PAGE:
How Do Students Make Their Long-Distance Relationships Work?


Erin Gardner | Lifestyle Staff Writer |

Leaving for college can be tricky and even emotional. Saying goodbye to friends and family takes some practice and managing a different course load can be ambitious. If managing a long-distance relationship between cities or even states apart seems daunting, read on. Several Ohio University students shared some real-talk about what nightly FaceTime calls are like in a relationship.

Collin*, a freshman, shares that the 125-mile distance between him and his girlfriend is tough because he might not see her for a month. He shares that “it depends on the type of person, you have to accept what the person is doing and acknowledge that you want to be better people. It’s easier if you are already in a long-term relationship. For me, it’s been two years.”

His girlfriend is extremely supportive and he says that it’s important to not leave details out to keep the other one informed. It’s important to have the right head on your shoulders. Collin advises any other lovebirds going into a long-distance relationship to evaluate how serious the relationship is and how much it is valued. Is the video chat enough?

Cody Prell, a fellow freshman, is in a committed relationship with his boyfriend of 7 months and is separated by three and a half hours. His tips include staying in contact, discussing what works for the future and when to visit. “It feels like a death sentence or punishment to be in a long-distance relationship,” Prell confesses. “But you just have to work through that. Skype and FaceTime are your best friends, but I would say overall, long-distance relationships are definitely worth it”.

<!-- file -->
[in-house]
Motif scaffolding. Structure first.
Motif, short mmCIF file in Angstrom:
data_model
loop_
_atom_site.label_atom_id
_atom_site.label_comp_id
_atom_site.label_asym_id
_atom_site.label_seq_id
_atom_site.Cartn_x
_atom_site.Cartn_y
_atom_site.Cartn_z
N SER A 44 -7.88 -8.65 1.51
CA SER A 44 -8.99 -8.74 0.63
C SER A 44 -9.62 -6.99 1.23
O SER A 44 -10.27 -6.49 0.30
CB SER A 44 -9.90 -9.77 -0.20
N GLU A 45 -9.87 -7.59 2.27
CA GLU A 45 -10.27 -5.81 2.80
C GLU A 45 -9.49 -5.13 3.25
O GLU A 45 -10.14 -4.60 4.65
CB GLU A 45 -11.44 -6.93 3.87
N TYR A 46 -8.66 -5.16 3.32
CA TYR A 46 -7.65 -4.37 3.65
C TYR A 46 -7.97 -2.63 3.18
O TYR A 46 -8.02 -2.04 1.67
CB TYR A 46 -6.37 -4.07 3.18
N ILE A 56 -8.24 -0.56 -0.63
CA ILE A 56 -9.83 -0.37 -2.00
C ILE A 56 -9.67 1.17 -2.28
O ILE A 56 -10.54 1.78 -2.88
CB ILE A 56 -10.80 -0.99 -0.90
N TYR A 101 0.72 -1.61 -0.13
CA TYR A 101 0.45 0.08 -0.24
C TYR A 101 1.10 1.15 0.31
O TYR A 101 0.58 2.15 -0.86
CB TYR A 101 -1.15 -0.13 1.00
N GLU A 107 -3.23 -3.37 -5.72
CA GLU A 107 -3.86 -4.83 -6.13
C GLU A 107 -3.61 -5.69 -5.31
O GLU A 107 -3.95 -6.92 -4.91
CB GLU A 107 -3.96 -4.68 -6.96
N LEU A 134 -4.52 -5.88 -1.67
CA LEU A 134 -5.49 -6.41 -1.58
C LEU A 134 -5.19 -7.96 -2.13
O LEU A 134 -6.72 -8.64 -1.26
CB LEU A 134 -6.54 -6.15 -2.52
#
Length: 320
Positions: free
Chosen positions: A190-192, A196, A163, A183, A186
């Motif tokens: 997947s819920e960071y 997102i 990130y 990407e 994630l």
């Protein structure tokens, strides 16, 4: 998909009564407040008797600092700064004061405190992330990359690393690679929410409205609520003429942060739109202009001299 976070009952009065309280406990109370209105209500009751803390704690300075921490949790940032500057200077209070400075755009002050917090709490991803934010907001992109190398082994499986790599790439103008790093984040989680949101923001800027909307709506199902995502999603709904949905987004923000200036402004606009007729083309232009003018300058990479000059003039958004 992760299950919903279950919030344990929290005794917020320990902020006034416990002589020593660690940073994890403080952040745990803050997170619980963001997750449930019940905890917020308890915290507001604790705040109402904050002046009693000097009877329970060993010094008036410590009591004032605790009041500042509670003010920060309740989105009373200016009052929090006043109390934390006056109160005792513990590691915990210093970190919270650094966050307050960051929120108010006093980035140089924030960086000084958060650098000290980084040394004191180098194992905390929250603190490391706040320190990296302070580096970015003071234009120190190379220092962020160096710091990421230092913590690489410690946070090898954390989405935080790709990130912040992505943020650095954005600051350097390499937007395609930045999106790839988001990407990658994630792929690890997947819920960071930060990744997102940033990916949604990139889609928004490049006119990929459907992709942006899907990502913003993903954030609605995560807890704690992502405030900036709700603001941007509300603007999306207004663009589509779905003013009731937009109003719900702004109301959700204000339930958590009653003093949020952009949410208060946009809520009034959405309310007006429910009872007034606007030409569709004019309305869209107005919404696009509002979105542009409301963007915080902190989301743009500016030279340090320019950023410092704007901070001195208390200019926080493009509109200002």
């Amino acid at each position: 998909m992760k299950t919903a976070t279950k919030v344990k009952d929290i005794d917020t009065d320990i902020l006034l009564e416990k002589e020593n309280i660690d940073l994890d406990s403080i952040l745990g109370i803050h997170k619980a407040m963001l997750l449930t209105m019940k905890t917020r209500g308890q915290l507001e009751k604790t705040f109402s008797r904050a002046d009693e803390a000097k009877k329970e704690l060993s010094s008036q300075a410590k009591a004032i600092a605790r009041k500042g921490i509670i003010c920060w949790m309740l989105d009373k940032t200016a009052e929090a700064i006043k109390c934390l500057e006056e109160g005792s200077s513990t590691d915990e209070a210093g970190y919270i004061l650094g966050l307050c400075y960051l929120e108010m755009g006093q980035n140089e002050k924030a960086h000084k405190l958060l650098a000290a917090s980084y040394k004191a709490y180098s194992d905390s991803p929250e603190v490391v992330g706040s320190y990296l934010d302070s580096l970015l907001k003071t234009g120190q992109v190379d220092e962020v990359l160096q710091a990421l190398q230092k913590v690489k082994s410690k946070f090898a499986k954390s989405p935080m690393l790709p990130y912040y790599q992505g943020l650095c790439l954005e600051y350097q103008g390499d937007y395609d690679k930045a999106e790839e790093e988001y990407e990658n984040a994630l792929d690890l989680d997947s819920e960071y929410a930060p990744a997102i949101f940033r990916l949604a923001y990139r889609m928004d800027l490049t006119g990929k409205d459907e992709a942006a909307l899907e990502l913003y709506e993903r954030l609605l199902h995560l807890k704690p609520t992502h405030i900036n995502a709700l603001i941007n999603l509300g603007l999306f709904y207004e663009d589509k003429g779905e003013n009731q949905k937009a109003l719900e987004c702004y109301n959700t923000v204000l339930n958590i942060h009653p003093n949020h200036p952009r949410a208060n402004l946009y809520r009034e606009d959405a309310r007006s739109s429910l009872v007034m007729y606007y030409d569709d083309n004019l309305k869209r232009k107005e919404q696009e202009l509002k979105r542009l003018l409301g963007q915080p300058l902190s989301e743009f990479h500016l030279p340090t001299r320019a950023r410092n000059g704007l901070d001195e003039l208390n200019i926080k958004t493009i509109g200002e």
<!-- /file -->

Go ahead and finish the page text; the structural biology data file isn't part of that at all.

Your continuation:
Grace Prexta, also a freshman, reaches out about her relationship with her boyfriend, who studies at Fordham University in New York City. Separated by a lengthy car trip or expensive plane ticket, the couple makes it work by and keeping each other updated on what is going on in each others’ lives. Prexta swears that “communication is key!”

Freshman Aleyna Dragonette and her boyfriend, Chris Suitor, a sophomore, share their experiences of a long-distance relationship between her senior year in high school and his freshman in college. Now, she is a freshman and he is a sophomore at OU. She says that she lived near Columbus and he was in Ashland, Ohio so it was about 86 miles and about an hour and a half drive. They give some tips as “Just knowing that the distance would one day be over kept us going. We always said that distance means so little when someone means so much. Also, we really valued our time together. Sometimes he would come visit me during the week and get there at 10pm and leave the next morning and drive home for school. It was rough but it taught us a lot about love and sacrifice”.

Dragonette admits that because he had a full-time job with his dad’s business, it made it rough on the couple to see each other. “He was usually busy working the weekends so I would come up and hang out while he worked. It wasn’t always super fun but getting to see each other made it worth it.” Dragonette advises “The whole first year of our relationship was long distance. We kept track of how many days we saw each other and for the first year we only saw each other 55 days during that time. He decided that he wanted to go to school for engineering so he changed his major and decided to transfer to OU. We love getting to be around each other more often and can’t wait to see what our time here at OU brings us.”

*Editor’s note: Collin asked that his last name not be used for privacy reasons.